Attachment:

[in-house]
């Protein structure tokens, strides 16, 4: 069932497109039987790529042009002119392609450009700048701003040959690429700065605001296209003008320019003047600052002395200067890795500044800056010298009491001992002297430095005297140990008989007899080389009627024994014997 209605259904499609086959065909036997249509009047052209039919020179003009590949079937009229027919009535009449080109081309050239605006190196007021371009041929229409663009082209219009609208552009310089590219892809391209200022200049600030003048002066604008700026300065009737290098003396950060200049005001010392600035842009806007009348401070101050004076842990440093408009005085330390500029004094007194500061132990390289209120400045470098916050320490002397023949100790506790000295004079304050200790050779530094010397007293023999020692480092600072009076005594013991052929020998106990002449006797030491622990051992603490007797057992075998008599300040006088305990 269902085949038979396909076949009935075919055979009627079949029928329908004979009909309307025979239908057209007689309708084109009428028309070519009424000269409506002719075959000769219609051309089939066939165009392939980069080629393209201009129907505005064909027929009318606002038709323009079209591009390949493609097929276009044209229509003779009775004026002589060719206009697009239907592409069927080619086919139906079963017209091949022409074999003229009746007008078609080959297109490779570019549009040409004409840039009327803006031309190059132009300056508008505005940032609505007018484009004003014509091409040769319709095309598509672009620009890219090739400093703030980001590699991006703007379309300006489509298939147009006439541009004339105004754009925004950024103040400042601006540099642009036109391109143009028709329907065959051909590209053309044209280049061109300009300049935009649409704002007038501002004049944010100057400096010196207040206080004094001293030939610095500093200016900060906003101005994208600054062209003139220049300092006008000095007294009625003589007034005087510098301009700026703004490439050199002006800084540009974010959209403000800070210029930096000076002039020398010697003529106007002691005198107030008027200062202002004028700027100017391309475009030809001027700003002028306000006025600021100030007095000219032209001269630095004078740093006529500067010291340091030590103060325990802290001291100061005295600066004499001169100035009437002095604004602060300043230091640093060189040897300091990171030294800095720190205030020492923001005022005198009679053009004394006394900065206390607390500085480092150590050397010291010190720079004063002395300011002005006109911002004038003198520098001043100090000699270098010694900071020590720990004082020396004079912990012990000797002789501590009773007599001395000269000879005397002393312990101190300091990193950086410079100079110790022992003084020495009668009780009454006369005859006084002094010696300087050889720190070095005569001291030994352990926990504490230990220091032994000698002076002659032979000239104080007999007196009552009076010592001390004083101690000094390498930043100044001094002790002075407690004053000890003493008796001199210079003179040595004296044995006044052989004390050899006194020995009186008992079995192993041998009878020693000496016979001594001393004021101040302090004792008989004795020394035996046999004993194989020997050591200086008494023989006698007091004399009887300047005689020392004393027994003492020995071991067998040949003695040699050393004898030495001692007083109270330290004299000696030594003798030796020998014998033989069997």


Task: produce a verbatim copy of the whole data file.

[in-house]
């Protein structure tokens, strides 16, 4: 069932497109039987790529042009002119392609450009700048701003040959690429700065605001296209003008320019003047600052002395200067890795500044800056010298009491001992002297430095005297140990008989007899080389009627024994014997 209605259904499609086959065909036997249509009047052209039919020179003009590949079937009229027919009535009449080109081309050239605006190196007021371009041929229409663009082209219009609208552009310089590219892809391209200022200049600030003048002066604008700026300065009737290098003396950060200049005001010392600035842009806007009348401070101050004076842990440093408009005085330390500029004094007194500061132990390289209120400045470098916050320490002397023949100790506790000295004079304050200790050779530094010397007293023999020692480092600072009076005594013991052929020998106990002449006797030491622990051992603490007797057992075998008599300040006088305990 269902085949038979396909076949009935075919055979009627079949029928329908004979009909309307025979239908057209007689309708084109009428028309070519009424000269409506002719075959000769219609051309089939066939165009392939980069080629393209201009129907505005064909027929009318606002038709323009079209591009390949493609097929276009044209229509003779009775004026002589060719206009697009239907592409069927080619086919139906079963017209091949022409074999003229009746007008078609080959297109490779570019549009040409004409840039009327803006031309190059132009300056508008505005940032609505007018484009004003014509091409040769319709095309598509672009620009890219090739400093703030980001590699991006703007379309300006489509298939147009006439541009004339105004754009925004950024103040400042601006540099642009036109391109143009028709329907065959051909590209053309044209280049061109300009300049935009649409704002007038501002004049944010100057400096010196207040206080004094001293030939610095500093200016900060906003101005994208600054062209003139220049300092006008000095007294009625003589007034005087510098301009700026703004490439050199002006800084540009974010959209403000800070210029930096000076002039020398010697003529106007002691005198107030008027200062202002004028700027100017391309475009030809001027700003002028306000006025600021100030007095000219032209001269630095004078740093006529500067010291340091030590103060325990802290001291100061005295600066004499001169100035009437002095604004602060300043230091640093060189040897300091990171030294800095720190205030020492923001005022005198009679053009004394006394900065206390607390500085480092150590050397010291010190720079004063002395300011002005006109911002004038003198520098001043100090000699270098010694900071020590720990004082020396004079912990012990000797002789501590009773007599001395000269000879005397002393312990101190300091990193950086410079100079110790022992003084020495009668009780009454006369005859006084002094010696300087050889720190070095005569001291030994352990926990504490230990220091032994000698002076002659032979000239104080007999007196009552009076010592001390004083101690000094390498930043100044001094002790002075407690004053000890003493008796001199210079003179040595004296044995006044052989004390050899006194020995009186008992079995192993041998009878020693000496016979001594001393004021101040302090004792008989004795020394035996046999004993194989020997050591200086008494023989006698007091004399009887300047005689020392004393027994003492020995071991067998040949003695040699050393004898030495001692007083109270330290004299000696030594003798030796020998014998033989069997």